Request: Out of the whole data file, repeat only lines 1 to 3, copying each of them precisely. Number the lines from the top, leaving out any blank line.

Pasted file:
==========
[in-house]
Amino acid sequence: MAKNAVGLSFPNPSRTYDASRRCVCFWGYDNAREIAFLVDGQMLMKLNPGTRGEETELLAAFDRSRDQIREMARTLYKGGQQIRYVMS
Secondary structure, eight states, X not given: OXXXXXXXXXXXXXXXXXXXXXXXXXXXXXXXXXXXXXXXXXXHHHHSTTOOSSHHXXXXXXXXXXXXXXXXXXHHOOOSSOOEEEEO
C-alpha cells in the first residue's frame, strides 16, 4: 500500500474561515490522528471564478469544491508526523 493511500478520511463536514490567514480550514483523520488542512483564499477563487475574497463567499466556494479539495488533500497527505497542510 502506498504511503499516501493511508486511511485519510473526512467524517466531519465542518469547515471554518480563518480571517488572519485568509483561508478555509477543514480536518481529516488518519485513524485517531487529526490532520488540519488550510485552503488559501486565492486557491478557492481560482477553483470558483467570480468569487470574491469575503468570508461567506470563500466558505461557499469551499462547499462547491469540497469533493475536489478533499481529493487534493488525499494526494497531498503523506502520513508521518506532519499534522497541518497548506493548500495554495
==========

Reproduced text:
[in-house]
Amino acid sequence: MAKNAVGLSFPNPSRTYDASRRCVCFWGYDNAREIAFLVDGQMLMKLNPGTRGEETELLAAFDRSRDQIREMARTLYKGGQQIRYVMS
Secondary structure, eight states, X not given: OXXXXXXXXXXXXXXXXXXXXXXXXXXXXXXXXXXXXXXXXXXHHHHSTTOOSSHHXXXXXXXXXXXXXXXXXXHHOOOSSOOEEEEO